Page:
DRC’s Julienne Lusenge Wins Aurora Humanitarian Prize

DRC’s Julienne Lusenge Wins Aurora Humanitarian Prize (News Central TV)

Human rights defender from the Democratic Republic of the Congo (DRC) Julienne Lusenge has been awarded the sixth annual Aurora Prize for Awakening Humanity initiated by Armenia.

Lusenge has, for over 40 years, been working assiduously to help victims of wartime sexual violence in the Democratic Republic of Congo. Her bravery, effort to expose perpetrators and bring them to justice were finally rewarded at a special ceremony at San Lazzaro in the Venice lagoon on Saturday evening when she was declared winner of the one million dollars Aurora Prize.

She broke down in tears, saying she was excited and could not believe she would finally be able to do so much more for the many Congolese women who have been subjected to horrifying forms of violations.

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Human rights defender Julienne Lusenge

Lusenge said after being honored with the award, “This prize is very important for all Congolese people, Congolese women and Congolese girls because now we will have enough money to support them”

Every year, the Aurora prize for Awakening Humanity recognises the extraordinary humanitarian work of individuals at a global level and the impact of their actions. Noubar Afeyam, one of the three co-founders of the Aurora Prize, described it as “a gift from the Armenian community to the world”.

Alongside Vartan Gregorian and Ruben Vardanyan, he instituted the award in 2015 on the centennial of the Armenian genocide to honour the memory of the victims, for eight years, the number of years in which one and a half a million Armenians were systematically killed on the orders of the Ottoman Turkish government.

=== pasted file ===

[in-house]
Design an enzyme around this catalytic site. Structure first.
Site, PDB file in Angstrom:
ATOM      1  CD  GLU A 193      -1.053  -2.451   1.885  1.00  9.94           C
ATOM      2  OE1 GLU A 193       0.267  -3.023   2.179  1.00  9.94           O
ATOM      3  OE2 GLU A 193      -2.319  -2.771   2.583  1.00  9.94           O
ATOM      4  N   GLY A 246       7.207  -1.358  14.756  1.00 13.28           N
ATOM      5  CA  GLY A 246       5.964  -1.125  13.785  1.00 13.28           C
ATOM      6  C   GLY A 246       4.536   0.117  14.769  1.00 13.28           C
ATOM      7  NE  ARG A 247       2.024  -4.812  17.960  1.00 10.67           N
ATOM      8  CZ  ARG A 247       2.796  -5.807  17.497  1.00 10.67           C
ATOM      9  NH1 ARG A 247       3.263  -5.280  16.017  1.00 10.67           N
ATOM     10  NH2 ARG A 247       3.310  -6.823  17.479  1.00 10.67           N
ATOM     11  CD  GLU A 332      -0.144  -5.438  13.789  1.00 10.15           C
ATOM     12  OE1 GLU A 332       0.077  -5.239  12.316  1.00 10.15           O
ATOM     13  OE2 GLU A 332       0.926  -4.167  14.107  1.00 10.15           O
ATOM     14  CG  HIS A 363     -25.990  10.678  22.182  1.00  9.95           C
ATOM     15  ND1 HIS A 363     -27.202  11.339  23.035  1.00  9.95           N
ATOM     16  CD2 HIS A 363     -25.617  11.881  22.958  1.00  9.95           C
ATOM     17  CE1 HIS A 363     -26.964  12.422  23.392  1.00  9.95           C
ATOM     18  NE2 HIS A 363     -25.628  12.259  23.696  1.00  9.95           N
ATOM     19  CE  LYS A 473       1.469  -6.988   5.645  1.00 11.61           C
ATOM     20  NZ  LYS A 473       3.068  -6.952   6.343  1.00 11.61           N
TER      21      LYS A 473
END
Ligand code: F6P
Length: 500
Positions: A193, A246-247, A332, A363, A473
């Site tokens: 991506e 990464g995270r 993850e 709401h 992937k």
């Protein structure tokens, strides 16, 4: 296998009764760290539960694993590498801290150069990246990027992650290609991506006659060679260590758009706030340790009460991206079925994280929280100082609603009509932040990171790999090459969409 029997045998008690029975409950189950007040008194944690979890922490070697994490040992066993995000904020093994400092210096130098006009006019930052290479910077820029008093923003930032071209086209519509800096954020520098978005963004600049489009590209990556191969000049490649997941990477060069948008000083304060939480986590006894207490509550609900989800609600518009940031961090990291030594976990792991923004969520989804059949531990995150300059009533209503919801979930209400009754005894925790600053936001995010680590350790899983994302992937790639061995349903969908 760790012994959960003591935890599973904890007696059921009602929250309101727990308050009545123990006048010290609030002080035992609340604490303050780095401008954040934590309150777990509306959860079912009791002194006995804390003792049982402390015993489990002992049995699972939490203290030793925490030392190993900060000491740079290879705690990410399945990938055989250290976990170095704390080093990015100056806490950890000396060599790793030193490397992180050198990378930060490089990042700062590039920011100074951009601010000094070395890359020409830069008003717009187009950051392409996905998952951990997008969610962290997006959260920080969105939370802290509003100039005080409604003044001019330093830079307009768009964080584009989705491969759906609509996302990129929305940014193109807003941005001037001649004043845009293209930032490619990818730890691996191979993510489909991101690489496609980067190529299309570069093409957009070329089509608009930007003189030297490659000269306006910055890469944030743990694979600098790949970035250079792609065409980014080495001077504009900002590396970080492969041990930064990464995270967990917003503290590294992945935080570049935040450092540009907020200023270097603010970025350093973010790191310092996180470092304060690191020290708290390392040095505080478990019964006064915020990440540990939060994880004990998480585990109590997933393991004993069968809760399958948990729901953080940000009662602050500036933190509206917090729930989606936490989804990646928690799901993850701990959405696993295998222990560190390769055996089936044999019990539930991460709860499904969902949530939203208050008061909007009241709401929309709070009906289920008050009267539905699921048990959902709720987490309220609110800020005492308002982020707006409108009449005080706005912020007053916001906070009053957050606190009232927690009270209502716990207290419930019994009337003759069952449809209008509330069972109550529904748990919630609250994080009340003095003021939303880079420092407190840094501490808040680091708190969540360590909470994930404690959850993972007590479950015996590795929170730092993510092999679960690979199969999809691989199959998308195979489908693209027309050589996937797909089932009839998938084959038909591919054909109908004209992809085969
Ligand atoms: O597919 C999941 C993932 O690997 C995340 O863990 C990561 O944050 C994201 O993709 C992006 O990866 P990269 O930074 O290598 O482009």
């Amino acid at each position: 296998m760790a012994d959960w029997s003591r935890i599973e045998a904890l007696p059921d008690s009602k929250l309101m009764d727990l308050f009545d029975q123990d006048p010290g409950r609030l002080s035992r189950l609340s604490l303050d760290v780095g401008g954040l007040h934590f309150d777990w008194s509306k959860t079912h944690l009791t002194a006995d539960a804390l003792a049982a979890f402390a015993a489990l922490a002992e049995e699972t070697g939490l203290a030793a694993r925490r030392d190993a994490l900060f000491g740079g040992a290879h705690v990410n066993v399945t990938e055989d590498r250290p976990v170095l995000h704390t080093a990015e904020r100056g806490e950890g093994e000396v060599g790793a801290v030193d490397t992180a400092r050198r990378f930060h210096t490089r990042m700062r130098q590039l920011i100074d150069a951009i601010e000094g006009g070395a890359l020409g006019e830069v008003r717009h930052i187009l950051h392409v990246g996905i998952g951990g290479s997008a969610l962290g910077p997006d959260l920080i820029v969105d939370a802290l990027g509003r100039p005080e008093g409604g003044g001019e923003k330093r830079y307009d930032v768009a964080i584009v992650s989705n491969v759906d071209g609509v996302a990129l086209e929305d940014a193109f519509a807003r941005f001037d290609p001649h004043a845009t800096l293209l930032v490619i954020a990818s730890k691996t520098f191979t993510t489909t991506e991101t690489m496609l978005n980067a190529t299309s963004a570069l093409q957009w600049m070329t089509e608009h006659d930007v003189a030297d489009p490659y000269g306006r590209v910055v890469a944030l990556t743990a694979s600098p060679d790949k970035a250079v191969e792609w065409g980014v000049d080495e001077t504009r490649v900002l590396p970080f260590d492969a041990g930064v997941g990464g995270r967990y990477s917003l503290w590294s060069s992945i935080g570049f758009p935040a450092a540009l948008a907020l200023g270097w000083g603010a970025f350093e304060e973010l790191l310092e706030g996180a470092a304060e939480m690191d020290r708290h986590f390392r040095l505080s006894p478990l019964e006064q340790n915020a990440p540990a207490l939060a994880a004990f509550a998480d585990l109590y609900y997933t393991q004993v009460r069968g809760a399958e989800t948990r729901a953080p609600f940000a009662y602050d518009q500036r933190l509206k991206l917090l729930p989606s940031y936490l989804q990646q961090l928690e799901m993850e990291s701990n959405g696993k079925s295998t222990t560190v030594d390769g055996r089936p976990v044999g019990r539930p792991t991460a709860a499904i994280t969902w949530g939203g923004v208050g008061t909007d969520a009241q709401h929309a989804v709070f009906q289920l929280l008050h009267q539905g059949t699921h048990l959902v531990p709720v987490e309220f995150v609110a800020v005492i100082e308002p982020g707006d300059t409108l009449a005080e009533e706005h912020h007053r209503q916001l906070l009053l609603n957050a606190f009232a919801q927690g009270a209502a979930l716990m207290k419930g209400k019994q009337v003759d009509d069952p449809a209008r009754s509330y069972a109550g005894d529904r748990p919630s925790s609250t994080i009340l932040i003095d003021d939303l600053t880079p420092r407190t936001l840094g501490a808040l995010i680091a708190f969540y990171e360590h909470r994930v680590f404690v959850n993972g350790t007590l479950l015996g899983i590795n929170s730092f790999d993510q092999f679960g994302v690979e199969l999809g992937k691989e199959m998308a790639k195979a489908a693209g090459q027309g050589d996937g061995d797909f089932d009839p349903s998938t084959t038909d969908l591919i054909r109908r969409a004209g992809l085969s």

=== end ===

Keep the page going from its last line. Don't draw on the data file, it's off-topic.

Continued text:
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Their idea was to recognise unsung modern-day heroes, just like those who helped save Armenians that survived. Noubar added that “we are trying to find people today that are saving the lives of others, just like people saved the lives of our ancestors.”

Four other Aurora humanitarians had been selected as finalists: Grégoire Ahongbonon, who helps people in West Africa with mental illness, Ruby Alba Castaño, a Colombian activist who protects the rights of peasants, Ashwaq Moharram, a Yemeni physician who provides life-saving support to starving people and Paul Farmer, an American medical anthropologist and physician.

The award was named in memory of Aurora Mardiganian, who was forced to witness the atrocities of the Armenian genocide. It was the first time the Aurora prize ceremony was held in Europe. Nobel peace laureates, Iran’s Shirin Ebadi and Liberia’s Leyman Gbowee, as well as the former Irish President, Mary Robinson graced the occasion.

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